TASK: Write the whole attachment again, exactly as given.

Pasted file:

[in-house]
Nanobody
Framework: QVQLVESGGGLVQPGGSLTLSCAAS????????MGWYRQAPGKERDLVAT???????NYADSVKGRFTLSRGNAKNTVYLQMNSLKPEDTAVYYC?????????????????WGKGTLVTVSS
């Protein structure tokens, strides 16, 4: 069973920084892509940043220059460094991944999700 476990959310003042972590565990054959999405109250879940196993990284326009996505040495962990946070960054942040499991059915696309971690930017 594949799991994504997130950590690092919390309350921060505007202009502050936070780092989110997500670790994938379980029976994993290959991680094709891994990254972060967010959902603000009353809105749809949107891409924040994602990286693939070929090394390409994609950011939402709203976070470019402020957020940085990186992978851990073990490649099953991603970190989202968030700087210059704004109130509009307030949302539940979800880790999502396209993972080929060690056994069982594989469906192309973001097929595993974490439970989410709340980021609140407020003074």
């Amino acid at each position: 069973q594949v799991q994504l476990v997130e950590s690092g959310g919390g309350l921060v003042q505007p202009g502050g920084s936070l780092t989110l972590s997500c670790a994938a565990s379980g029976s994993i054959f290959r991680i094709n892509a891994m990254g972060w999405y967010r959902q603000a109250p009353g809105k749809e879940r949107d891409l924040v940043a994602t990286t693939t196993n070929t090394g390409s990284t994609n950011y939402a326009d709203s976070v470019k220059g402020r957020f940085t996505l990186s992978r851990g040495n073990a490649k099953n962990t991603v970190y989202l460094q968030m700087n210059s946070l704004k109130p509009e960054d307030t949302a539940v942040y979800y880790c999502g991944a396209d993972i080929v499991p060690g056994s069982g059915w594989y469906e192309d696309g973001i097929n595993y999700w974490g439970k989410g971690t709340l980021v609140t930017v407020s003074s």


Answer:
[in-house]
Nanobody
Framework: QVQLVESGGGLVQPGGSLTLSCAAS????????MGWYRQAPGKERDLVAT???????NYADSVKGRFTLSRGNAKNTVYLQMNSLKPEDTAVYYC?????????????????WGKGTLVTVSS
């Protein structure tokens, strides 16, 4: 069973920084892509940043220059460094991944999700 476990959310003042972590565990054959999405109250879940196993990284326009996505040495962990946070960054942040499991059915696309971690930017 594949799991994504997130950590690092919390309350921060505007202009502050936070780092989110997500670790994938379980029976994993290959991680094709891994990254972060967010959902603000009353809105749809949107891409924040994602990286693939070929090394390409994609950011939402709203976070470019402020957020940085990186992978851990073990490649099953991603970190989202968030700087210059704004109130509009307030949302539940979800880790999502396209993972080929060690056994069982594989469906192309973001097929595993974490439970989410709340980021609140407020003074």
């Amino acid at each position: 069973q594949v799991q994504l476990v997130e950590s690092g959310g919390g309350l921060v003042q505007p202009g502050g920084s936070l780092t989110l972590s997500c670790a994938a565990s379980g029976s994993i054959f290959r991680i094709n892509a891994m990254g972060w999405y967010r959902q603000a109250p009353g809105k749809e879940r949107d891409l924040v940043a994602t990286t693939t196993n070929t090394g390409s990284t994609n950011y939402a326009d709203s976070v470019k220059g402020r957020f940085t996505l990186s992978r851990g040495n073990a490649k099953n962990t991603v970190y989202l460094q968030m700087n210059s946070l704004k109130p509009e960054d307030t949302a539940v942040y979800y880790c999502g991944a396209d993972i080929v499991p060690g056994s069982g059915w594989y469906e192309d696309g973001i097929n595993y999700w974490g439970k989410g971690t709340l980021v609140t930017v407020s003074s």